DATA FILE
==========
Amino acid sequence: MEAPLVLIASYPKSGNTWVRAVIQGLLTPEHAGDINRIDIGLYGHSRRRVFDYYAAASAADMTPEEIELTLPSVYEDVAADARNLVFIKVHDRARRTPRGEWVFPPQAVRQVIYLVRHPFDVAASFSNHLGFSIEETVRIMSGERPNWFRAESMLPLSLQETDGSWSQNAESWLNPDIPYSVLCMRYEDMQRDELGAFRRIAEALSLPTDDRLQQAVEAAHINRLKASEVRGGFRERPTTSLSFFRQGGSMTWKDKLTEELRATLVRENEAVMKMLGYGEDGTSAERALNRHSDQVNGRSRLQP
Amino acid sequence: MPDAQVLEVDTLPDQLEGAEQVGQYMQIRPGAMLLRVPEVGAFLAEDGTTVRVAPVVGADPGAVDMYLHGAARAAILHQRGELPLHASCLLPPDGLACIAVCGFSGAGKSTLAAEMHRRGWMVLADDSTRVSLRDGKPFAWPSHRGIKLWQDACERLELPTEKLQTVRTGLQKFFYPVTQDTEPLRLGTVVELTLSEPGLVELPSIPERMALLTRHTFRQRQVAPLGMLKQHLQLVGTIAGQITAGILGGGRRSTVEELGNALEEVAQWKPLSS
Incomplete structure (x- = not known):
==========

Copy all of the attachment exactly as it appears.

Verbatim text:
Amino acid sequence: MEAPLVLIASYPKSGNTWVRAVIQGLLTPEHAGDINRIDIGLYGHSRRRVFDYYAAASAADMTPEEIELTLPSVYEDVAADARNLVFIKVHDRARRTPRGEWVFPPQAVRQVIYLVRHPFDVAASFSNHLGFSIEETVRIMSGERPNWFRAESMLPLSLQETDGSWSQNAESWLNPDIPYSVLCMRYEDMQRDELGAFRRIAEALSLPTDDRLQQAVEAAHINRLKASEVRGGFRERPTTSLSFFRQGGSMTWKDKLTEELRATLVRENEAVMKMLGYGEDGTSAERALNRHSDQVNGRSRLQP
Amino acid sequence: MPDAQVLEVDTLPDQLEGAEQVGQYMQIRPGAMLLRVPEVGAFLAEDGTTVRVAPVVGADPGAVDMYLHGAARAAILHQRGELPLHASCLLPPDGLACIAVCGFSGAGKSTLAAEMHRRGWMVLADDSTRVSLRDGKPFAWPSHRGIKLWQDACERLELPTEKLQTVRTGLQKFFYPVTQDTEPLRLGTVVELTLSEPGLVELPSIPERMALLTRHTFRQRQVAPLGMLKQHLQLVGTIAGQITAGILGGGRRSTVEELGNALEEVAQWKPLSS
Incomplete structure (x- = not known):